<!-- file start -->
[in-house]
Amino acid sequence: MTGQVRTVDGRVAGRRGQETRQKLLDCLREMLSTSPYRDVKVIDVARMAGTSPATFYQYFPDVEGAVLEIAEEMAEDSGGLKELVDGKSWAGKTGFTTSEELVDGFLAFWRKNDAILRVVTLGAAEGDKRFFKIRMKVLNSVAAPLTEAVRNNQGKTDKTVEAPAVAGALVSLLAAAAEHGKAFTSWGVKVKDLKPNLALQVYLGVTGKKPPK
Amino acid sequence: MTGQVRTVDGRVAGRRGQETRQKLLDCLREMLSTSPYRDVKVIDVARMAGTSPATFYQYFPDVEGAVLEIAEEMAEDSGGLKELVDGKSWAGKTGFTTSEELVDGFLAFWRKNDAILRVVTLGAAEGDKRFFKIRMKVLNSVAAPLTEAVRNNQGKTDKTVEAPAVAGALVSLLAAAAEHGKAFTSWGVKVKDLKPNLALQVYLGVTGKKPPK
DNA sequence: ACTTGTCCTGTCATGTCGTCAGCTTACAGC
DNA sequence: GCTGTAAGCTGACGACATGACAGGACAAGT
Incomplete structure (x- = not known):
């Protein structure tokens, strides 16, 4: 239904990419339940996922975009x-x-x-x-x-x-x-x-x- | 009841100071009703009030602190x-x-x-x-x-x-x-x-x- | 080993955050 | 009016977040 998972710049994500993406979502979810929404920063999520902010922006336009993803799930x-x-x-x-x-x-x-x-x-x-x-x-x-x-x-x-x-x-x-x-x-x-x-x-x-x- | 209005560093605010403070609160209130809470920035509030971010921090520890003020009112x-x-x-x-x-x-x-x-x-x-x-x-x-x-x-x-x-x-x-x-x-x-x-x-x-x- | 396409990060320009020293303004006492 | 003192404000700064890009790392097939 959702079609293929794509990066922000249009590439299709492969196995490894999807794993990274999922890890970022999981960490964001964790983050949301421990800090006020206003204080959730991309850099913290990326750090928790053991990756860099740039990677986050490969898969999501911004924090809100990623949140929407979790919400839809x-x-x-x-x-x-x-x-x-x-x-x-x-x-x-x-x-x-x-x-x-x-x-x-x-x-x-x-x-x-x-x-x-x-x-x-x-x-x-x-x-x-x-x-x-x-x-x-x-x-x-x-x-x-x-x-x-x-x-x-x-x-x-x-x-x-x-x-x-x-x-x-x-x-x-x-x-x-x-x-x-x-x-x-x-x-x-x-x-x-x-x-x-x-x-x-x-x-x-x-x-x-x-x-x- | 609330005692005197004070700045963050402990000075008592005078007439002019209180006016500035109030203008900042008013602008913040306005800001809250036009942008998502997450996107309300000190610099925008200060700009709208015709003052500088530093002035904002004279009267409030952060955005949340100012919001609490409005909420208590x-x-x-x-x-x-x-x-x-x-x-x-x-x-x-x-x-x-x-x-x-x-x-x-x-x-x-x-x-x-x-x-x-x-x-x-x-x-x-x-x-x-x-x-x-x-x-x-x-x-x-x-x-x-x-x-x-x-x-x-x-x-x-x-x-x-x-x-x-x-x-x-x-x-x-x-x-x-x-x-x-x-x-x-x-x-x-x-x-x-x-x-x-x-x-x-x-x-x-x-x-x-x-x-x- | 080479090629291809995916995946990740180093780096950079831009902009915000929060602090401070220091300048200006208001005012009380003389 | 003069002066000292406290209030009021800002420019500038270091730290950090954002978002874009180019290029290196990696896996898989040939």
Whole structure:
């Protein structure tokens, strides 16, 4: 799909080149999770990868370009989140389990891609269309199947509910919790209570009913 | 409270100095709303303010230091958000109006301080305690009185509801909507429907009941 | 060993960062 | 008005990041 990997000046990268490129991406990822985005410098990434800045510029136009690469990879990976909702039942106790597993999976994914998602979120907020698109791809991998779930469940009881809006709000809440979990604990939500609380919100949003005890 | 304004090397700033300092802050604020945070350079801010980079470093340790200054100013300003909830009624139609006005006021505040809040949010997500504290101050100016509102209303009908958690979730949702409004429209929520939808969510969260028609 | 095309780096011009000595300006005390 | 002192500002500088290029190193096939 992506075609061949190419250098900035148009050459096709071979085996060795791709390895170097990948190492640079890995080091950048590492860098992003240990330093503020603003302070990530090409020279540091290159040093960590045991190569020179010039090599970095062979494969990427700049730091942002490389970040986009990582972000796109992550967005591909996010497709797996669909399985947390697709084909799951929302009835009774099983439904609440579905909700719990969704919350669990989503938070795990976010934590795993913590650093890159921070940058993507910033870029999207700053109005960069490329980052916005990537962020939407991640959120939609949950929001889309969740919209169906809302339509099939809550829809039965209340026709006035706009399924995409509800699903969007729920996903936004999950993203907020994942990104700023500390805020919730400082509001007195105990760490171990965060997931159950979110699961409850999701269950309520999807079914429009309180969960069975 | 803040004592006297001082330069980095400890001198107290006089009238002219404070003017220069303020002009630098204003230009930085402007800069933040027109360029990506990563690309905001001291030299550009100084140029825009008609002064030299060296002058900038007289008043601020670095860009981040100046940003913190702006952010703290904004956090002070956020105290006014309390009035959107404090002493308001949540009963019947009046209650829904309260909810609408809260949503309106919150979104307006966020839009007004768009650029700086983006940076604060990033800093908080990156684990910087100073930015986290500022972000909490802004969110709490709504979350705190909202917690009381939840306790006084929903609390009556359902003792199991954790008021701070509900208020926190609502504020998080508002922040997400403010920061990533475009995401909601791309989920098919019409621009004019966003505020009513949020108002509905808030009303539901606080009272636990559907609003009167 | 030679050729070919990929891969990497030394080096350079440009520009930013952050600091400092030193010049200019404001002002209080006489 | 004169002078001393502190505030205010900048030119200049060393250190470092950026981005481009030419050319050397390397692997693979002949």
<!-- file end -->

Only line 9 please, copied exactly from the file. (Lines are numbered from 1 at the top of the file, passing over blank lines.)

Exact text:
């Protein structure tokens, strides 16, 4: 799909080149999770990868370009989140389990891609269309199947509910919790209570009913 | 409270100095709303303010230091958000109006301080305690009185509801909507429907009941 | 060993960062 | 008005990041 990997000046990268490129991406990822985005410098990434800045510029136009690469990879990976909702039942106790597993999976994914998602979120907020698109791809991998779930469940009881809006709000809440979990604990939500609380919100949003005890 | 304004090397700033300092802050604020945070350079801010980079470093340790200054100013300003909830009624139609006005006021505040809040949010997500504290101050100016509102209303009908958690979730949702409004429209929520939808969510969260028609 | 095309780096011009000595300006005390 | 002192500002500088290029190193096939 992506075609061949190419250098900035148009050459096709071979085996060795791709390895170097990948190492640079890995080091950048590492860098992003240990330093503020603003302070990530090409020279540091290159040093960590045991190569020179010039090599970095062979494969990427700049730091942002490389970040986009990582972000796109992550967005591909996010497709797996669909399985947390697709084909799951929302009835009774099983439904609440579905909700719990969704919350669990989503938070795990976010934590795993913590650093890159921070940058993507910033870029999207700053109005960069490329980052916005990537962020939407991640959120939609949950929001889309969740919209169906809302339509099939809550829809039965209340026709006035706009399924995409509800699903969007729920996903936004999950993203907020994942990104700023500390805020919730400082509001007195105990760490171990965060997931159950979110699961409850999701269950309520999807079914429009309180969960069975 | 803040004592006297001082330069980095400890001198107290006089009238002219404070003017220069303020002009630098204003230009930085402007800069933040027109360029990506990563690309905001001291030299550009100084140029825009008609002064030299060296002058900038007289008043601020670095860009981040100046940003913190702006952010703290904004956090002070956020105290006014309390009035959107404090002493308001949540009963019947009046209650829904309260909810609408809260949503309106919150979104307006966020839009007004768009650029700086983006940076604060990033800093908080990156684990910087100073930015986290500022972000909490802004969110709490709504979350705190909202917690009381939840306790006084929903609390009556359902003792199991954790008021701070509900208020926190609502504020998080508002922040997400403010920061990533475009995401909601791309989920098919019409621009004019966003505020009513949020108002509905808030009303539901606080009272636990559907609003009167 | 030679050729070919990929891969990497030394080096350079440009520009930013952050600091400092030193010049200019404001002002209080006489 | 004169002078001393502190505030205010900048030119200049060393250190470092950026981005481009030419050319050397390397692997693979002949």